Review Price £74.05
Saving what many will consider the best until last, we come to Outlook. We’ll do Entourage as much kindness as we can, and simply that its replacement with Outlook is nothing if not welcome. The most useful feature day to day is likely to be the conversation view, which works just as you’d expect, grouping emails from the same, well, conversation together for easy reading.
If you prefer, however, there are numerous other ways to group conversations, whether by particular senders, by (colour coded) categories, by date received, or using a custom combination of all the possible options. These organisation features prove particularly useful combined with Outlook 2011’s support for combined inboxes.
Exchange support is as comprehensive as you’d expect from a Microsoft email client, and we had no problems connecting to, and syncing our mail calendar and contacts with, an Exchange server. Of particular note was that we didn’t have to set this up manually because Outlook 2011 supports importing of PST files from other versions of Outlook – a massive improvement on Entourage which used its own file format. The transition works from Mac to PC as well as vice versa, making switching platforms a less daunting proposition. The Outlook database even interfaces with Time Machine offering recovery options for your important emails.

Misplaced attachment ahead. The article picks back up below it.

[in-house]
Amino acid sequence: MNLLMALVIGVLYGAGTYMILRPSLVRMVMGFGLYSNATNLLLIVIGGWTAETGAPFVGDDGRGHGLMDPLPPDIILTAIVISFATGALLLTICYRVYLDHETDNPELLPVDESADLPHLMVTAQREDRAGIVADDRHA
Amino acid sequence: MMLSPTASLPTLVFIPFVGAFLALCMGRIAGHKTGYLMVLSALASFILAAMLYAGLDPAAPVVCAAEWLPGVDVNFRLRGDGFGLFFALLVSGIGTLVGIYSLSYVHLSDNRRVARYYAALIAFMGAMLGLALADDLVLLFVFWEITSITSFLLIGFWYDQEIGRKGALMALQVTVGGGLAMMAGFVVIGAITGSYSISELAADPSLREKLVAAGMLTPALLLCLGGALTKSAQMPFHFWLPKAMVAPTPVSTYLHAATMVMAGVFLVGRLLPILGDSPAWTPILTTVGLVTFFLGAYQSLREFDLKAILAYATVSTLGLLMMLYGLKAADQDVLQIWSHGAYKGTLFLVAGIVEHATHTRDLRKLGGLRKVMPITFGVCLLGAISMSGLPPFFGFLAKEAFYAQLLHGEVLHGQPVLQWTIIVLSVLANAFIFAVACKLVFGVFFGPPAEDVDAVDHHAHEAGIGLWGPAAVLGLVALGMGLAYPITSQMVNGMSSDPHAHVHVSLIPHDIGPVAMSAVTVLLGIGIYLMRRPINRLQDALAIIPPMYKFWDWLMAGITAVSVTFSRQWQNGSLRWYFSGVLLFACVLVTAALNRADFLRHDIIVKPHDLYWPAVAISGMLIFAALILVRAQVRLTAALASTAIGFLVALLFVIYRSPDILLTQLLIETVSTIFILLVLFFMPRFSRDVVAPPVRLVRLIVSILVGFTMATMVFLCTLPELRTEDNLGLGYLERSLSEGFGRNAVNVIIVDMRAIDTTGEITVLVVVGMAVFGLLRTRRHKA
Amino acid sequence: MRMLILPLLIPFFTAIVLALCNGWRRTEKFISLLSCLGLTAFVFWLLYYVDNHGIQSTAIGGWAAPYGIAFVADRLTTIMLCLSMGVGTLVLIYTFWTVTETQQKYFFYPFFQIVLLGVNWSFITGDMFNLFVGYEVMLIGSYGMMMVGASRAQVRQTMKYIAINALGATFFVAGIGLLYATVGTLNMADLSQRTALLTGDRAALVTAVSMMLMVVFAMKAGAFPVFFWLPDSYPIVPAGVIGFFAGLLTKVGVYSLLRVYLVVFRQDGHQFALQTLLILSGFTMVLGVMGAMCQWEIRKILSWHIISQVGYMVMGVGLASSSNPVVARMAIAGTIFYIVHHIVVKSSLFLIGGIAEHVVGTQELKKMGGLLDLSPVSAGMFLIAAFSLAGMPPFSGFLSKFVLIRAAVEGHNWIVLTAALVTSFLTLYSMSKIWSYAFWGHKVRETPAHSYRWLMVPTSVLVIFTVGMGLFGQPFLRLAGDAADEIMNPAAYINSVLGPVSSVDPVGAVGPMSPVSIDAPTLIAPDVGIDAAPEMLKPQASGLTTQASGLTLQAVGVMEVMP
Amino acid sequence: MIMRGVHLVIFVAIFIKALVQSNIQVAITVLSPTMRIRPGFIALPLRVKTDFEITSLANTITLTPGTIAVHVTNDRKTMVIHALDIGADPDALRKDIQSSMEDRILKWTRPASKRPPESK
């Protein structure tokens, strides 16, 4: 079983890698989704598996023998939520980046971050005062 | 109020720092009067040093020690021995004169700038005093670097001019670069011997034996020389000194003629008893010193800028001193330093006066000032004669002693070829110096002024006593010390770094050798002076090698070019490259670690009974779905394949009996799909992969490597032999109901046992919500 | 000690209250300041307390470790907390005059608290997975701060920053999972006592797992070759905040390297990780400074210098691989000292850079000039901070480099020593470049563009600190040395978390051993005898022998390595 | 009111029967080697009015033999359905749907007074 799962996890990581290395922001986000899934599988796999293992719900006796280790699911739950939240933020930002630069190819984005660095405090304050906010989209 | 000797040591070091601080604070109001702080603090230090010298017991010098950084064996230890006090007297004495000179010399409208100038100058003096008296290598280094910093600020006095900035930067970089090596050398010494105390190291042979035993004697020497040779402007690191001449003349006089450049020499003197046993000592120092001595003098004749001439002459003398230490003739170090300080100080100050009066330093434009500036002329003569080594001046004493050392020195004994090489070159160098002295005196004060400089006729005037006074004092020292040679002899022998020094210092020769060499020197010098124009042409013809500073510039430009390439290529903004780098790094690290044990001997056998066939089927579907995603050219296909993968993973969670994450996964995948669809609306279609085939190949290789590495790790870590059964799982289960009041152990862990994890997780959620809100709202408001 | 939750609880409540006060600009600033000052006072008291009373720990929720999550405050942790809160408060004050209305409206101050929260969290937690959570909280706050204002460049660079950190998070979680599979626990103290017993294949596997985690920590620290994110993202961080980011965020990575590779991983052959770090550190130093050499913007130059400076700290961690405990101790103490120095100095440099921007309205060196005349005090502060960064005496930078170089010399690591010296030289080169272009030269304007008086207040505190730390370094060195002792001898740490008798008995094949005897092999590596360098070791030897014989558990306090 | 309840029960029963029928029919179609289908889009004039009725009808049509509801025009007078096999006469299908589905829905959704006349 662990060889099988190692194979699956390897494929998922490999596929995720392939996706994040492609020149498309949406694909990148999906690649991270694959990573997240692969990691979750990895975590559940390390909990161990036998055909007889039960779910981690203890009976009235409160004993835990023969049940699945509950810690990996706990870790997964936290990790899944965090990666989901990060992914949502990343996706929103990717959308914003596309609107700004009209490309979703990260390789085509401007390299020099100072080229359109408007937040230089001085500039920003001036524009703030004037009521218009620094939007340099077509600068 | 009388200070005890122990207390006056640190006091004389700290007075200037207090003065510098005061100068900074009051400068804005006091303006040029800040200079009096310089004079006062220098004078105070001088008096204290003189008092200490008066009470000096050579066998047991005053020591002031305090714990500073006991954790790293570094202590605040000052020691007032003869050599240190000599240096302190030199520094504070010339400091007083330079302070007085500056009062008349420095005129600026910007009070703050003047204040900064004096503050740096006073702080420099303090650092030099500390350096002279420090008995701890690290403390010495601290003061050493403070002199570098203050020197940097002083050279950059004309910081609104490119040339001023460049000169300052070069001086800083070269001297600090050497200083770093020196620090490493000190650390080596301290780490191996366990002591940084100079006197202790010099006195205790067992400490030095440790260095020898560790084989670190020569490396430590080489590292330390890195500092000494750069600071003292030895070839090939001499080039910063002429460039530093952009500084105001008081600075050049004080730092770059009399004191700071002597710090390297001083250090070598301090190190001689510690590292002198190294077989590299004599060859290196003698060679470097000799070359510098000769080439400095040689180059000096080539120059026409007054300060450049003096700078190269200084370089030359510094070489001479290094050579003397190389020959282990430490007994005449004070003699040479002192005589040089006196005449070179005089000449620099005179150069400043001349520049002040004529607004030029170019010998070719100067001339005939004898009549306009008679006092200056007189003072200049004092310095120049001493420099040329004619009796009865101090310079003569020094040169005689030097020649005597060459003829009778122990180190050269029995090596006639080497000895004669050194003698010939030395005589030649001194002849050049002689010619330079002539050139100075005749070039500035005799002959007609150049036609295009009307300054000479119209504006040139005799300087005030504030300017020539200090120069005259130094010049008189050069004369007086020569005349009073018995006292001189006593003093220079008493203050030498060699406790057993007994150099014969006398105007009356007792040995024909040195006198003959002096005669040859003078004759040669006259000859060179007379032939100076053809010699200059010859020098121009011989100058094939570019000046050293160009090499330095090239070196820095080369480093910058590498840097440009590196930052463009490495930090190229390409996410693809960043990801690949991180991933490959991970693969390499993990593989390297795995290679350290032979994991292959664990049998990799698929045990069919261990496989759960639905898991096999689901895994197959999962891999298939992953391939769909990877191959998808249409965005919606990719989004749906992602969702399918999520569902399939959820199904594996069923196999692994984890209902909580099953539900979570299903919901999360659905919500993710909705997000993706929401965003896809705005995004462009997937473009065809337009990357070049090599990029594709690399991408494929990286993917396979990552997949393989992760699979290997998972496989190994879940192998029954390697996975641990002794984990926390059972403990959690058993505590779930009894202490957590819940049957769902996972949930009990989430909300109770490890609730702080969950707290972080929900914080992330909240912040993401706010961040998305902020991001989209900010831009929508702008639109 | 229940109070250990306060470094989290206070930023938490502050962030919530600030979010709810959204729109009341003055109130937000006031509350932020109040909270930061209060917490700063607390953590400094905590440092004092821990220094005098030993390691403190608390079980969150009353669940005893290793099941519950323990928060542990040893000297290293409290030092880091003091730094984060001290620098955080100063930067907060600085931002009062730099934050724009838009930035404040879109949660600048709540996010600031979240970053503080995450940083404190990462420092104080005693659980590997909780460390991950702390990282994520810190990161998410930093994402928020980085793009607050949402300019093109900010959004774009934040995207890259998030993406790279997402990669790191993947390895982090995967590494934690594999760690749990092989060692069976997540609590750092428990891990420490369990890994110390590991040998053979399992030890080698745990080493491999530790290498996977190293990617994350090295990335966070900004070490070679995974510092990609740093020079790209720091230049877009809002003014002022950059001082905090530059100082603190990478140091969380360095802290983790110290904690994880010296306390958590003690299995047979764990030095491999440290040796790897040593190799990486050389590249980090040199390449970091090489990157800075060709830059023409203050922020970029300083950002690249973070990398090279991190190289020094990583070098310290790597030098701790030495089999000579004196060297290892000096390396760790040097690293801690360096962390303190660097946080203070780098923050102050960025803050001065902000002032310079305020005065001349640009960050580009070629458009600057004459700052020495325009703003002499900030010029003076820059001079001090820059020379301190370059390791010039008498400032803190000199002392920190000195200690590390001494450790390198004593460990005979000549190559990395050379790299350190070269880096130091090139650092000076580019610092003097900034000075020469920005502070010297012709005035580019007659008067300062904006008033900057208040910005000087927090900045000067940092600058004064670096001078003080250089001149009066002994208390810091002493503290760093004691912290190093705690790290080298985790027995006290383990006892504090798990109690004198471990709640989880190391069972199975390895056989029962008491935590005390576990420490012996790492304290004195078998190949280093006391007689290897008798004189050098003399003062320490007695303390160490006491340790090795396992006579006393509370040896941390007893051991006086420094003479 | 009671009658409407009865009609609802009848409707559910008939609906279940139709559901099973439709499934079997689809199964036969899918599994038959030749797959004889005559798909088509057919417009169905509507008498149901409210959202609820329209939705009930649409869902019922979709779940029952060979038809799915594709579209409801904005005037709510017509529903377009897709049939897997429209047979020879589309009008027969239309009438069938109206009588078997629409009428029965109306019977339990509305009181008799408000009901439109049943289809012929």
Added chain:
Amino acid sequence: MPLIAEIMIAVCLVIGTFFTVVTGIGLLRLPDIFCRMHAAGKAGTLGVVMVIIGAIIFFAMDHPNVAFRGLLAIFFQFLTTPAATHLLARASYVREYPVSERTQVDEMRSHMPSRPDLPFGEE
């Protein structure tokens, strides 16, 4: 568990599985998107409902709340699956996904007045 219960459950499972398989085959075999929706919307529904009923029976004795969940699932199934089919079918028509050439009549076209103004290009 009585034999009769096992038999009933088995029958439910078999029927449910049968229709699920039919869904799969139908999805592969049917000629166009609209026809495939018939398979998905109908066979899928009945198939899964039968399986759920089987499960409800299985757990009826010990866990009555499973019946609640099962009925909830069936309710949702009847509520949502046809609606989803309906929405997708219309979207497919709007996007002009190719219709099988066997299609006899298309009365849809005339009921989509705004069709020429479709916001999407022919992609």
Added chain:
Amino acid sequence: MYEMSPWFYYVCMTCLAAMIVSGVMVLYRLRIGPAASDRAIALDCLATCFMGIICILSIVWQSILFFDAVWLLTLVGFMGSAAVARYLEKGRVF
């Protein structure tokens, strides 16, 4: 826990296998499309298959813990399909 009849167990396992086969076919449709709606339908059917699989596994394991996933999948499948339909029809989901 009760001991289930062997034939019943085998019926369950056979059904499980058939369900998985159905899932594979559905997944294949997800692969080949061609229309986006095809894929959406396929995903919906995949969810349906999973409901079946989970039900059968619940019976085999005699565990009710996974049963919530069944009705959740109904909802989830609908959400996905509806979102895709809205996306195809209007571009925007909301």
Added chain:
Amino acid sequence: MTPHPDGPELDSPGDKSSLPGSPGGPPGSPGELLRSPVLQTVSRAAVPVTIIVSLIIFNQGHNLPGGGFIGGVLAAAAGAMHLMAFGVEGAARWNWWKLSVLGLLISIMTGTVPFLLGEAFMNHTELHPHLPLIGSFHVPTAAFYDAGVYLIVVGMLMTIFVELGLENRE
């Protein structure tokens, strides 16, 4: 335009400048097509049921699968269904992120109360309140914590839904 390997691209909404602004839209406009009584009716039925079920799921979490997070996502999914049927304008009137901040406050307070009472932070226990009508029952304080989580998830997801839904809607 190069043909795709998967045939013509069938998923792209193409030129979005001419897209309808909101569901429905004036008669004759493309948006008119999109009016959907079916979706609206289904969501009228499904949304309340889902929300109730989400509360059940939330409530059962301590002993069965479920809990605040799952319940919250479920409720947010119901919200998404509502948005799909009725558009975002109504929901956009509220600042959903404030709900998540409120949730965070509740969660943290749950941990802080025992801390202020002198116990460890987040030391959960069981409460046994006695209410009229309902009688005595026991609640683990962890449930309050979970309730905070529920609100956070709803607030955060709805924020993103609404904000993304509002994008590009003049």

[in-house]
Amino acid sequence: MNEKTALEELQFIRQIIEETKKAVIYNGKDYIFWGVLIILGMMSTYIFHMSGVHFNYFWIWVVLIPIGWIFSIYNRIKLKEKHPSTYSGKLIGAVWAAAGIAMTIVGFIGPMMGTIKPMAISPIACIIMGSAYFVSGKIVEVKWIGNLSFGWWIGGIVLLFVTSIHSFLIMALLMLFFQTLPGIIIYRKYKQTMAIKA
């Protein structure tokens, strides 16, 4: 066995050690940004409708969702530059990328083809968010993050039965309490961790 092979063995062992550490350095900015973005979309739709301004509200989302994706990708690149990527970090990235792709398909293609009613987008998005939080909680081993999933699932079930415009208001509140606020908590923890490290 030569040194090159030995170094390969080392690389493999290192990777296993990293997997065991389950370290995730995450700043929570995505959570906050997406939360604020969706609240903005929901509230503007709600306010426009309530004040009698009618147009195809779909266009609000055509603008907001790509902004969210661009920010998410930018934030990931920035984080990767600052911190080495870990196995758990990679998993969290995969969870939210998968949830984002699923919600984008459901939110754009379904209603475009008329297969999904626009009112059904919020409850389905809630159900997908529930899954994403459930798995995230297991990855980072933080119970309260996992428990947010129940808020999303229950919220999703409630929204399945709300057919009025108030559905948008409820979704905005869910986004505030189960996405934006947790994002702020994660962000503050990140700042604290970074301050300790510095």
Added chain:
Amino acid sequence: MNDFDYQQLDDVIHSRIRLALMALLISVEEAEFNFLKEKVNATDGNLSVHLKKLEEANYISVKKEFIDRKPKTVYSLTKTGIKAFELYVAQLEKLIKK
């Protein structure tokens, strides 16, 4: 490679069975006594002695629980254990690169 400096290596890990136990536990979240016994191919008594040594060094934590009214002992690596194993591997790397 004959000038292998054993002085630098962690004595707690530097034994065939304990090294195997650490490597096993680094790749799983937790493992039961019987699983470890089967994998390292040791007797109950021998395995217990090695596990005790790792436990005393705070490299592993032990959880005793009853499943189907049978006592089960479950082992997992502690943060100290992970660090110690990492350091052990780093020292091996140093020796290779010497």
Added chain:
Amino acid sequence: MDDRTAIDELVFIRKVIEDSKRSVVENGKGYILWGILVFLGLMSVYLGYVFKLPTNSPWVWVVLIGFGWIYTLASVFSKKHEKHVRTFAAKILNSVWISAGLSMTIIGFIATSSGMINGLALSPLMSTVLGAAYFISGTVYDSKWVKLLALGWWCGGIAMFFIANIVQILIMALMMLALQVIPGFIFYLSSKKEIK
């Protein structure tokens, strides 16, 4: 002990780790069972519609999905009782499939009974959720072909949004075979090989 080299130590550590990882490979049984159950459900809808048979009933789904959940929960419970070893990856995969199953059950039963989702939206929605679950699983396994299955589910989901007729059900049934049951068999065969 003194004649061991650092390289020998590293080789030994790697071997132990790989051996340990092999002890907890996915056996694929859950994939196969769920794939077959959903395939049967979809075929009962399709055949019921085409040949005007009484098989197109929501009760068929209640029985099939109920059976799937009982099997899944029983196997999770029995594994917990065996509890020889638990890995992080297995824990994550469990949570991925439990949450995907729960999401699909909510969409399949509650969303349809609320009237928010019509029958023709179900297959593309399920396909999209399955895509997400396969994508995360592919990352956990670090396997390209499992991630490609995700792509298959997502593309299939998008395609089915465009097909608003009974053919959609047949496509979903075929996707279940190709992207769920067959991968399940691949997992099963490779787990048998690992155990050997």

Outlook’s calendar is comprehensively featured, too. Obviously to get the full benefit you really want to be syncing with an Exchange server, but even so there’s enough flexibility to let you micromanage your time to an almost obscene degree. Contact syncing is noteworthy as not only does Outlook sync with Exchange, you can also sync with OS X’s built in Address Book and with Mobile Me.
Obviously casual users aren’t likely to need the features that Outlook offers over Mail and iCal, which explains why the Home and Student version of Office for Mac 2011 doesn’t offer Outlook. But then, casual users probably won’t use 90 per cent of the features in any of Office’s applications. It would be unfair to penalise Office for being a more powerful productivity suite than most of its users really need – the point is, that power is there to be unleashed if and when needed.
If you're just typing up the occasional letter to a relative, managing your personal finances or performing similarly basic tasks, you could easily make do with iWork, or possibly even a free alternative, such as Google Docs. But when you need more power, you'll find yourself flagging long before Office for Mac 2011 does.
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